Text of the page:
Once upon a time, I challenged Charismatics to present post-apostolic examples of the miraculous gifts (two and a half years later, I am still waiting). John MacArthur writes of one example that does not qualify: You are seated in a roomful of intense worshippers. The zealous singing is punctuated by cries of praise and fervent prayers. Suddenly someone standing near you begins to speak in rapid syllables that seem completely foreign to any language you have ever heard. The cryptic “message” is echoed by a number of others in a quiet, almost inaudible way. Then, as a response, another worshipper stands and gives a message or “prophecy,” spoken as if originated with God Himself: “Thus saith the Lord. If you my people will confess your sins, and seek my path, and call on my name, you will be blessed beyond measure.” The rest of the group, quiet during the short message of prophecy, now begins to praise God as others offer additional messages. Quite possibly you recognize this kind of scene. Surely, you say, it is a description of a charismatic prayer fellowship. You are familiar with it because you have witnessed similar occurrences when accompanying friends or even family members to such meetings. Groups like this have grown more and more numerous in the last few years. This kind of activity is typical today as Charismatics speak in tongues and prophesy as the dynamic witness to what they feel is a generation living in the last days. As familiar as this seems, it is not a modern meeting of Charismatics at all. Described above are a group called Montanists, who lived in the second century A.D. Following the teachings of their leader, Montanus, this group believed that every believer was a means of special revelation. As proof they exercised dramatic gifts of the Spirit including “prophecy” and “tongues,” which they claimed were prophetic signs of the end times. Montanus believed that Christians were living in the “last days” immediately before the return of Christ. Montanus even taught that the New Jerusalem would descend upon his own village of Pepuza in Asia Minor in his life time. One of Montanus’s key doctrines was the claim that he spoke with direct revelation from God through the gift of the Holy Spirit. Montanus claimed to receive revelation God of a nature supplementary to that communicated by Christ and the apostles. He taught a progression of revelation from the Old Testament prophets to the Lord’s disciples and then on into the “new age of the Spirit.” In the “new age” the Holy Spirit spoke through the mouths of Montanist prophets and prophetesses. Montanus boldly intimidated Christians by claiming the church was comprised of two groups: the “spiritual Christians” who followed his teachings and claimed direct revelation from God and the “carnal Christians” who only had the “dead letter” of the Scriptures. . . . The rest of the church branded Montanism as a serious heresy to be rejected. The Council of Constantinople (381) decided that repentant Montanists were to be brought back into the fellowship very carefully. They were examined regarding their grasp of salvation and were put into an intensified study of the Scriptures. —John MacArthur, The Charismatics (Zondervan, 1978), 27–28.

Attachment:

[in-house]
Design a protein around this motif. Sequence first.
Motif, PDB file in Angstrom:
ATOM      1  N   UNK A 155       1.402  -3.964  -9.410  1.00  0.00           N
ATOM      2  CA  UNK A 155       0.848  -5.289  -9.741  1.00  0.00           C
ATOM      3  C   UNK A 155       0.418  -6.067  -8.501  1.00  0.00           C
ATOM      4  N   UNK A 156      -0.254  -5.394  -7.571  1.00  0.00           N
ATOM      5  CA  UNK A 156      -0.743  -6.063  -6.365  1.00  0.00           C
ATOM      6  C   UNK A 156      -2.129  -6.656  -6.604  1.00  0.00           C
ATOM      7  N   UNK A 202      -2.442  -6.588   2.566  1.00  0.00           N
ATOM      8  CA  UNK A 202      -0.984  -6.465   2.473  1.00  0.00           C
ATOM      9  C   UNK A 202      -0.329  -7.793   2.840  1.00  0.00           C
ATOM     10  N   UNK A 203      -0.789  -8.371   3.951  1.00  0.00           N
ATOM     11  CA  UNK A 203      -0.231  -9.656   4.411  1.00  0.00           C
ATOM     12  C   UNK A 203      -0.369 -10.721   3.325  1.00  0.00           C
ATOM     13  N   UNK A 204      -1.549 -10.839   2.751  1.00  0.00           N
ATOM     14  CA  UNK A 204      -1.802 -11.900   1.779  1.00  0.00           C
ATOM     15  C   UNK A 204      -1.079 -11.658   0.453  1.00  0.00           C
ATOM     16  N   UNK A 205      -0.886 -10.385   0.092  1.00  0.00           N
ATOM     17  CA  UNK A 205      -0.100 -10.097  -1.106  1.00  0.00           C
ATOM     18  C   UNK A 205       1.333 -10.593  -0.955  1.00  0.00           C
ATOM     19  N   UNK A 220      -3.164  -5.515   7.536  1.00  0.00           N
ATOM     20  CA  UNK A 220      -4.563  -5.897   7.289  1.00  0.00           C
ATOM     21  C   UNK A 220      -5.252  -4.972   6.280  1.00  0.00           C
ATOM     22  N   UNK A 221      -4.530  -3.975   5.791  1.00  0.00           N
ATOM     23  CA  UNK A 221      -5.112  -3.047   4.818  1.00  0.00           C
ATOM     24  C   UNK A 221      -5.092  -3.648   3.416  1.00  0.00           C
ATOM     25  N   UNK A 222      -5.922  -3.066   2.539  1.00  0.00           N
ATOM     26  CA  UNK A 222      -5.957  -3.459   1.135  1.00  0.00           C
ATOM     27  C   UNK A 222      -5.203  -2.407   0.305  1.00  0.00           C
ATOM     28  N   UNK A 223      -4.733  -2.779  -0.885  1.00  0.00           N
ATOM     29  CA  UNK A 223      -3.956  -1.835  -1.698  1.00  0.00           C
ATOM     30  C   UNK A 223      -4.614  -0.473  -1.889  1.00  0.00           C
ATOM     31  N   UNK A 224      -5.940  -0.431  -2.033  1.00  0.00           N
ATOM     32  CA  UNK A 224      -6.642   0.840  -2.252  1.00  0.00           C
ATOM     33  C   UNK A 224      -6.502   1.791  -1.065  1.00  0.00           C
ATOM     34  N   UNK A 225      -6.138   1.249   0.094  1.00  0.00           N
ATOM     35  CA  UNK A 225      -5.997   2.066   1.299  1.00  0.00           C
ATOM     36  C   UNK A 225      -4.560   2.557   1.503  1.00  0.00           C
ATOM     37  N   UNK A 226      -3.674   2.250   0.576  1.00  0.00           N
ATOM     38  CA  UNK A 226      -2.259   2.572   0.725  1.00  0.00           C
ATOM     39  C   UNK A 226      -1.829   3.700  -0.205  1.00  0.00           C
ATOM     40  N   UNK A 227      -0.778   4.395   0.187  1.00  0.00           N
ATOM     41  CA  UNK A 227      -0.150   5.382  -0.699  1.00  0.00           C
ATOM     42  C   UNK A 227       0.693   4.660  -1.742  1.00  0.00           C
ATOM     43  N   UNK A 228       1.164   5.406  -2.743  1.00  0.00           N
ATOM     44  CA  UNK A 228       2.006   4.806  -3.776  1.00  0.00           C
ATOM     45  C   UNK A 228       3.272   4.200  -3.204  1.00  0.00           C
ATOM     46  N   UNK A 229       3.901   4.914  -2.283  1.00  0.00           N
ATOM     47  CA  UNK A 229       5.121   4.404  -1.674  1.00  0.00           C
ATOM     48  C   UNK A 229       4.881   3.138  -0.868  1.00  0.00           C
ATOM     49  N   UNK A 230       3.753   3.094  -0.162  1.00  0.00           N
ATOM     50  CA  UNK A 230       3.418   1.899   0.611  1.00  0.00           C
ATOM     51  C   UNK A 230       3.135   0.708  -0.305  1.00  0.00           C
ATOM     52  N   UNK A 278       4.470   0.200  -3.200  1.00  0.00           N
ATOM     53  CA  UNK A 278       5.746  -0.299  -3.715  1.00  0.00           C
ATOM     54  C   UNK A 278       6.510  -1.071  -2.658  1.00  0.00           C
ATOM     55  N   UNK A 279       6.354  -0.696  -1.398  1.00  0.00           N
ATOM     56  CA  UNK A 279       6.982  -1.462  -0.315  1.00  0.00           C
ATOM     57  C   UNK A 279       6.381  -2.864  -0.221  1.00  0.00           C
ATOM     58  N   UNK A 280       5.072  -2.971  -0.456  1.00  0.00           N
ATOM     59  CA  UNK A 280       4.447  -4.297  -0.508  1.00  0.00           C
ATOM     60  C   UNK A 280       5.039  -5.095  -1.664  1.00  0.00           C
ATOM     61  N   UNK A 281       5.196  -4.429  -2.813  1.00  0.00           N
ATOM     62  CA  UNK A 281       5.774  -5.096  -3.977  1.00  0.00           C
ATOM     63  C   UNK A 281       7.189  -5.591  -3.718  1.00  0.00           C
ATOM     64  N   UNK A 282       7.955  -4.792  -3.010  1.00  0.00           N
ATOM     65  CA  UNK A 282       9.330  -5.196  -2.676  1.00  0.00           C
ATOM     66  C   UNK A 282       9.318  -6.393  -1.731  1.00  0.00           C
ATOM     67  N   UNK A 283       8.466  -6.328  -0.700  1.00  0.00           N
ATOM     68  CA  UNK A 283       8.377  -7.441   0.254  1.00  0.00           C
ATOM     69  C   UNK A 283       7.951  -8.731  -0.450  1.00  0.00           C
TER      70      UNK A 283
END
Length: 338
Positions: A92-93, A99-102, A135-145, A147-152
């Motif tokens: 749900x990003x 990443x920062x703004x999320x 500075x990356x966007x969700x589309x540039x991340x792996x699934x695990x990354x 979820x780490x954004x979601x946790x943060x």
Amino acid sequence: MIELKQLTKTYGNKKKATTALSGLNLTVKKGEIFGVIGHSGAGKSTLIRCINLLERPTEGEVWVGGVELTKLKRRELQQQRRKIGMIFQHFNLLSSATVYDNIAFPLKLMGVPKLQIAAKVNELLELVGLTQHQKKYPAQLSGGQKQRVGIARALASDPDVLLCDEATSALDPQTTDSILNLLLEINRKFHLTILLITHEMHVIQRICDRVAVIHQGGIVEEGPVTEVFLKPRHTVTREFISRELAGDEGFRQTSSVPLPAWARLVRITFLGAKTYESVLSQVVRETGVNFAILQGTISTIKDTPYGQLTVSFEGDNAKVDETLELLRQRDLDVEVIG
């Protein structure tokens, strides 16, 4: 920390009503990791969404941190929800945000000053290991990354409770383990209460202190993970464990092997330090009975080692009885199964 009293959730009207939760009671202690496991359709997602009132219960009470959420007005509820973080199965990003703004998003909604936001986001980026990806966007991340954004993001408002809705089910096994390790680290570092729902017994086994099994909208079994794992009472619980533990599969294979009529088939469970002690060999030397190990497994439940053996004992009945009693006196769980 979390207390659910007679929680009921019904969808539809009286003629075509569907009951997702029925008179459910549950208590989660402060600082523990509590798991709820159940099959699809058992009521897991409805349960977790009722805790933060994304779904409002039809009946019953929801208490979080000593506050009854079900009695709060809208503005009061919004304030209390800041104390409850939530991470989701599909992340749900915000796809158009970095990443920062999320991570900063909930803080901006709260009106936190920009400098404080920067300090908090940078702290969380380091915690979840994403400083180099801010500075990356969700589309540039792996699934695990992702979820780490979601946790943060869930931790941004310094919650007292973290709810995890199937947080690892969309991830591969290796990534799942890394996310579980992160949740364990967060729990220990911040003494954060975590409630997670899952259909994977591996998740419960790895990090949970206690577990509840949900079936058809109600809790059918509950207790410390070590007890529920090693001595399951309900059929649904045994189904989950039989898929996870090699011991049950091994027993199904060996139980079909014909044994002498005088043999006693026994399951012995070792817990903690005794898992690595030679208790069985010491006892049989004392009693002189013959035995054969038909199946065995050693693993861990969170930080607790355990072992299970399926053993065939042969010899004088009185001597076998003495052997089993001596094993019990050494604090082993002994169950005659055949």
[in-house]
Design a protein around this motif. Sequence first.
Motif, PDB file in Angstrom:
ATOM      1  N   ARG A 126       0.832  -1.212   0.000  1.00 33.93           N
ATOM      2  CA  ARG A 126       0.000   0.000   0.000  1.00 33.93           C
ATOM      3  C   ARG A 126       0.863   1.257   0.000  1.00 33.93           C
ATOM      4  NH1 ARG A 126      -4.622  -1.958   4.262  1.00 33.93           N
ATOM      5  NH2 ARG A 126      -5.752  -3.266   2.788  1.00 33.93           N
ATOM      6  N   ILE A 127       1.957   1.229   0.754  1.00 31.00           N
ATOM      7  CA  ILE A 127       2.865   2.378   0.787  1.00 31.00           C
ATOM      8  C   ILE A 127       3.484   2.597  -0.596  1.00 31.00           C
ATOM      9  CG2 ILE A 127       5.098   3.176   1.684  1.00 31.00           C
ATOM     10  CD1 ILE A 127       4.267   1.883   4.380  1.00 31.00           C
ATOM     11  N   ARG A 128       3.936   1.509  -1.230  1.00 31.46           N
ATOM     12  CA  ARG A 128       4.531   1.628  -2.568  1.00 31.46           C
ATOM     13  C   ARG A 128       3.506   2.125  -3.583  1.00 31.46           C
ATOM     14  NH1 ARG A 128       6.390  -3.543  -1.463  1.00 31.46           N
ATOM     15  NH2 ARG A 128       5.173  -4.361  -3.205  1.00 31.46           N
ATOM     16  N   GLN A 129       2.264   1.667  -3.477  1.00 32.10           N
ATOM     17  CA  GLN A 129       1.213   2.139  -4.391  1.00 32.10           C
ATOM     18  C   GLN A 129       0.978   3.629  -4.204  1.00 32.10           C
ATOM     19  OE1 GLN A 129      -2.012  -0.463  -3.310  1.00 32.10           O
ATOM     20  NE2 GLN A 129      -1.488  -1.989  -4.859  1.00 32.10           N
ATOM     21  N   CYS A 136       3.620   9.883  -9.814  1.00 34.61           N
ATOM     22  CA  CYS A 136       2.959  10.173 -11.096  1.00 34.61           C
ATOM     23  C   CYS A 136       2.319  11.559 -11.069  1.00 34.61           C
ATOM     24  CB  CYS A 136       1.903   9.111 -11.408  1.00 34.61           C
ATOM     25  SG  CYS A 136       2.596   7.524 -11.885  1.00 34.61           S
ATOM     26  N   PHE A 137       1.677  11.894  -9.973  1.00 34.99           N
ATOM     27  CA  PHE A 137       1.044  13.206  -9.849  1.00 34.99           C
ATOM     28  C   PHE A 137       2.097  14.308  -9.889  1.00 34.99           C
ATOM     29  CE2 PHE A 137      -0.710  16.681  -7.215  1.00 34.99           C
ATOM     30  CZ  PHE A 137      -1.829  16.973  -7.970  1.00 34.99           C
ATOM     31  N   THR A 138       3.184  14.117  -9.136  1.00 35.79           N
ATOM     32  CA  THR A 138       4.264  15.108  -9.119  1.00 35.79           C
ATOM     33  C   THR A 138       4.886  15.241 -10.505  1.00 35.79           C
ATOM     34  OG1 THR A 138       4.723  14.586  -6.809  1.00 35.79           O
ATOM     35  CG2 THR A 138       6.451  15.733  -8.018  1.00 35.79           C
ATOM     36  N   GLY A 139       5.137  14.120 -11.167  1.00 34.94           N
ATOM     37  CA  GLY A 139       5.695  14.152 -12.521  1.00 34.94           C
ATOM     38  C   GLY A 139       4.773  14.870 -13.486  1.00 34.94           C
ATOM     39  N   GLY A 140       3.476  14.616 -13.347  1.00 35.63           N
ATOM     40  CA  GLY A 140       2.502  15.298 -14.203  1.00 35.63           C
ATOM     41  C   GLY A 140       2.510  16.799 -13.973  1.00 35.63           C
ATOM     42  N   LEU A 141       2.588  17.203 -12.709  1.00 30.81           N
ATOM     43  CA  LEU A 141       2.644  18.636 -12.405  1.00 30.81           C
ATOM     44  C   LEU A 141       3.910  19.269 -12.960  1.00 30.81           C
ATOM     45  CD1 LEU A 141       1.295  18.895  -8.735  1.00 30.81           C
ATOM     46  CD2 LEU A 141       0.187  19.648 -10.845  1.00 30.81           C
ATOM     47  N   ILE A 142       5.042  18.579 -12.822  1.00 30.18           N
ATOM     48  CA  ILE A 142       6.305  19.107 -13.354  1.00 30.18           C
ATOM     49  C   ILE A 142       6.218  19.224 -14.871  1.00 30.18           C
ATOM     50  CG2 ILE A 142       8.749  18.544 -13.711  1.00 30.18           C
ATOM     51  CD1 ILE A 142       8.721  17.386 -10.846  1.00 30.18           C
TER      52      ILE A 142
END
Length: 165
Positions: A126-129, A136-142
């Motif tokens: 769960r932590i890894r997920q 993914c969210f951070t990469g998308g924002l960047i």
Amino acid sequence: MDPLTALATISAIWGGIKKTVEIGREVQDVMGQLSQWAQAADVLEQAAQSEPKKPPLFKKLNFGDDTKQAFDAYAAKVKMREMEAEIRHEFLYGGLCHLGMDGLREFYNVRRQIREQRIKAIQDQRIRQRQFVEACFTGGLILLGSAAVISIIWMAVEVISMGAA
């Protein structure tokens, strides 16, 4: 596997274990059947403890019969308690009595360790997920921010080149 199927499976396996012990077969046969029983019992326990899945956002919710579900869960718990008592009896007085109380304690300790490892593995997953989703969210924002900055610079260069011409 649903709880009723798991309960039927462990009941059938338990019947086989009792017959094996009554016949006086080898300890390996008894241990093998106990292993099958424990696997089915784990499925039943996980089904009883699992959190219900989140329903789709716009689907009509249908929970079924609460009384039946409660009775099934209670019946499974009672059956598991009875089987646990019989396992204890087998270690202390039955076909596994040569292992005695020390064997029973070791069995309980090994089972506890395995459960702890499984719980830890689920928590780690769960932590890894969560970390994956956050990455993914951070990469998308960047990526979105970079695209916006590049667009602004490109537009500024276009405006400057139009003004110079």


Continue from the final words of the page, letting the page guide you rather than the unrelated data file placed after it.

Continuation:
Missionaries to the Gibbers

Friday··2014·04·18
The Gibbers are, of course, the inhabitants of Gibb, speakers of—well, you figure it out. Pentecostal father Charles Parham was a nut by anyone’s standard. Contrary to cessationist—i.e., biblical—orthodoxy, he expected the gift of tongues. Contrary to today’s Pentecostal/charismatic dogma, he believed that biblical tongues were actual languages, intended to be understood. He boasted to the Topeka State Journal, “The Lord will give us the power of speech to talk to the people of the various nations without having to study them in schools.” Several weeks later, he told the Kansas City Times, “A part of our labor will be to teach the church the uselessness of spending years of time preparing missionaries for work in foreign lands when all they have to do is ask God for power.” —John MacArthur, Strange Fire: The Danger of Offending the Holy Spirit with Counterfeit Worship (Thomas Nelson, 2014), 22. As the best laid plans of mice and mystics often go awry, so Parham’s plans were to be disappointed. S. C. Todd of the Bible Missionary Society investigated eighteen Pentecostals who went to Japan, China, and India “expecting to preach to the natives in those countries in their own tongue,” and found that by their own admission “in no single instance have [they] been able to do so.” As these and other missionaries returned in disappointment and failure, Pentecostals were compelled to rethink their original view of speaking in tongues. — Ibid., 23.